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    Kaleidoscope 37

    Softcover, 2020.

    12" x 9"

    More features inside:

    Paul Virilio’s seminal 1975 book Bunker Archaeology, the decaying WW2 fortifications laying on the French coast (photographed by Thibaut Grevet) provide the backdrop to interrogate the technical challenges of a dystopian future, as imagined by Virgil Abloh in the Louis Vuitton 2054 collection. 

    Set in the Sawtooth Mountains in Idaho, a site for wolf reintroduction in the early ‘90s, the latest body of work by Matthew Barney addresses the mythology of the American West, ecosystem balance, exile and reparation, and the tradition of land art, as he discusses in conversation with curator Neville Wakefield.

    Peter Sutherland talks to Katja Horvat about his decision, after twenty years in New York, to leave the city during the lockdown and move back to his native Colorado—resulting in a largely autobiographical body of work brimming with life, family, and nature, punctuated by hikes, camping, bike rides, and goat searching.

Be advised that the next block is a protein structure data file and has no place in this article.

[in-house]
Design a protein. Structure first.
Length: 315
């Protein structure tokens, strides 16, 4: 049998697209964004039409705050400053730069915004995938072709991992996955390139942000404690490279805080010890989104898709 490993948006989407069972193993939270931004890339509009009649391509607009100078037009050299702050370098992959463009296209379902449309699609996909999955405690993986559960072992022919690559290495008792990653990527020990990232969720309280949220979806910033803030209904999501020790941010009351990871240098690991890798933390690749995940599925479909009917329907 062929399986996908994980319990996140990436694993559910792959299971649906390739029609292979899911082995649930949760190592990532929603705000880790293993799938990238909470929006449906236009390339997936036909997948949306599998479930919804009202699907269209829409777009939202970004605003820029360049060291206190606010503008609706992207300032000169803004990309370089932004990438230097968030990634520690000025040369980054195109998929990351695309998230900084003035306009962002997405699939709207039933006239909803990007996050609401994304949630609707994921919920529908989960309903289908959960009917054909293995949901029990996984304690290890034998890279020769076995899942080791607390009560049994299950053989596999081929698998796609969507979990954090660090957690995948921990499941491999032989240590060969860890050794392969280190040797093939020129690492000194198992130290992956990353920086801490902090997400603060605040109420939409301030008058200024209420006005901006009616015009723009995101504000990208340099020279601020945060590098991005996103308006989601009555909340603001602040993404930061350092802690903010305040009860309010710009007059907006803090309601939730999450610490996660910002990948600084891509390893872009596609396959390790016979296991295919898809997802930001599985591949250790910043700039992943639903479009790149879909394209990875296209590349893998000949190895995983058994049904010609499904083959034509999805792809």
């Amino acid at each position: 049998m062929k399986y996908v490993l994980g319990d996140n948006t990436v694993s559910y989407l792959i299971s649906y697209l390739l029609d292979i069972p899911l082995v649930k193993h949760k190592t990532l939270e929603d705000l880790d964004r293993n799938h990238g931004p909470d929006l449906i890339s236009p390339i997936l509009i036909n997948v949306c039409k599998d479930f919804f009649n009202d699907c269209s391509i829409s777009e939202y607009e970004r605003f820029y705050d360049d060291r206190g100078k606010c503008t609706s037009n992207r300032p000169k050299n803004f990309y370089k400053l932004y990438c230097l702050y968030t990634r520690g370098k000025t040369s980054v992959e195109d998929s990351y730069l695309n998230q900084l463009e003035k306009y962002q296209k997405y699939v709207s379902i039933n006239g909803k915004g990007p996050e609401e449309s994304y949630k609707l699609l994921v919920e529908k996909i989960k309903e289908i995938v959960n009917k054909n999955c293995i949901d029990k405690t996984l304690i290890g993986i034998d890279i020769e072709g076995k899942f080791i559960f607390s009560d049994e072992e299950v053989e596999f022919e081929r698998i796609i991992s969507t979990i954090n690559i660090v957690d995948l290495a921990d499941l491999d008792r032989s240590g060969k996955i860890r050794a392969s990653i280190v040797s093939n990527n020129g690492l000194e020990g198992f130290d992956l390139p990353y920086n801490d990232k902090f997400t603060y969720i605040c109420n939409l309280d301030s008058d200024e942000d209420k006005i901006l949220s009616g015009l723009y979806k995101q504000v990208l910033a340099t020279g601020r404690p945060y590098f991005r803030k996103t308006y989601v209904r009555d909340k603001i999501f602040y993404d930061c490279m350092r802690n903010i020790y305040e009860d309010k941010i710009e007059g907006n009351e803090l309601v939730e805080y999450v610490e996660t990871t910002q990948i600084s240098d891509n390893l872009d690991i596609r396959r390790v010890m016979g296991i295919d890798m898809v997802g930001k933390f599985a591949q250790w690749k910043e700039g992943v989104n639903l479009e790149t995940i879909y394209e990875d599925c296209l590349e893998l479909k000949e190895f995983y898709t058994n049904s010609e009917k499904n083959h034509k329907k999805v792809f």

Francesca Gavin outlines the musical legacy, eccentric persona, and visionary art of Jamaican-born, Swiss-based cultural pioneer Lee “Scratch” Perry, who invented the genre and methodology of dub—bringing us on a journey through outer and inner space, nature, and the complexities of the Afrodiasporic experience.

    Also featured in this issue:

    AMO (interview by Alice Bucknell); Mycophilia (words by Francesca Gavin); Gordon Matta-Clark (words by Kitty Scott); Treehugging (words by Patrick McGraw); Trend Report: Notes on Camo (words by Calum Gordon and DEEP, artworks by Chris Glickman and Ada Sokół); Abstract: The Terraforming (edited in partnership with the Strelka Institute in Moscow); Monira Al Qadiri (interview by Myriam Ben Salah); Sean Vegezzi (interview by Theo Kindynis); Sky High Farm (words by Lucas Mascatello); and Tommy Malekoff(interview by James Wines).

    New graphic identity by Swiss art direction and graphic design studio Kasper-Florio